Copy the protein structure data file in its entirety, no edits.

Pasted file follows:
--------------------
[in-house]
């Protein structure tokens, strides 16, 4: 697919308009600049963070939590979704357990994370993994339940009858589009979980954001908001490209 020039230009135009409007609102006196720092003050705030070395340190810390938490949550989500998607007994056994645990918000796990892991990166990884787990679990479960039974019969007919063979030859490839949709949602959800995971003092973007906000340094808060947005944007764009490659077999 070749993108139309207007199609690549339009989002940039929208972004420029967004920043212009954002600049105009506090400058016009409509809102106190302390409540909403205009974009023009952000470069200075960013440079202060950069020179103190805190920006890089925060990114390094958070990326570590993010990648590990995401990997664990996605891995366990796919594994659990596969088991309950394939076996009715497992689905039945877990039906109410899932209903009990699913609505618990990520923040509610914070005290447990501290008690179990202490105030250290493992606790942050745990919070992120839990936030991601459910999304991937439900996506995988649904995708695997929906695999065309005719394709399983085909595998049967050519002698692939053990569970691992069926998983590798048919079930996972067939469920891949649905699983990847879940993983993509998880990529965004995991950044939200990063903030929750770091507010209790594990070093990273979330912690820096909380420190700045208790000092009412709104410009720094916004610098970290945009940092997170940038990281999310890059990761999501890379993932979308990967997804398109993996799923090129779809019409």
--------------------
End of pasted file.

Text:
[in-house]
């Protein structure tokens, strides 16, 4: 697919308009600049963070939590979704357990994370993994339940009858589009979980954001908001490209 020039230009135009409007609102006196720092003050705030070395340190810390938490949550989500998607007994056994645990918000796990892991990166990884787990679990479960039974019969007919063979030859490839949709949602959800995971003092973007906000340094808060947005944007764009490659077999 070749993108139309207007199609690549339009989002940039929208972004420029967004920043212009954002600049105009506090400058016009409509809102106190302390409540909403205009974009023009952000470069200075960013440079202060950069020179103190805190920006890089925060990114390094958070990326570590993010990648590990995401990997664990996605891995366990796919594994659990596969088991309950394939076996009715497992689905039945877990039906109410899932209903009990699913609505618990990520923040509610914070005290447990501290008690179990202490105030250290493992606790942050745990919070992120839990936030991601459910999304991937439900996506995988649904995708695997929906695999065309005719394709399983085909595998049967050519002698692939053990569970691992069926998983590798048919079930996972067939469920891949649905699983990847879940993983993509998880990529965004995991950044939200990063903030929750770091507010209790594990070093990273979330912690820096909380420190700045208790000092009412709104410009720094916004610098970290945009940092997170940038990281999310890059990761999501890379993932979308990967997804398109993996799923090129779809019409």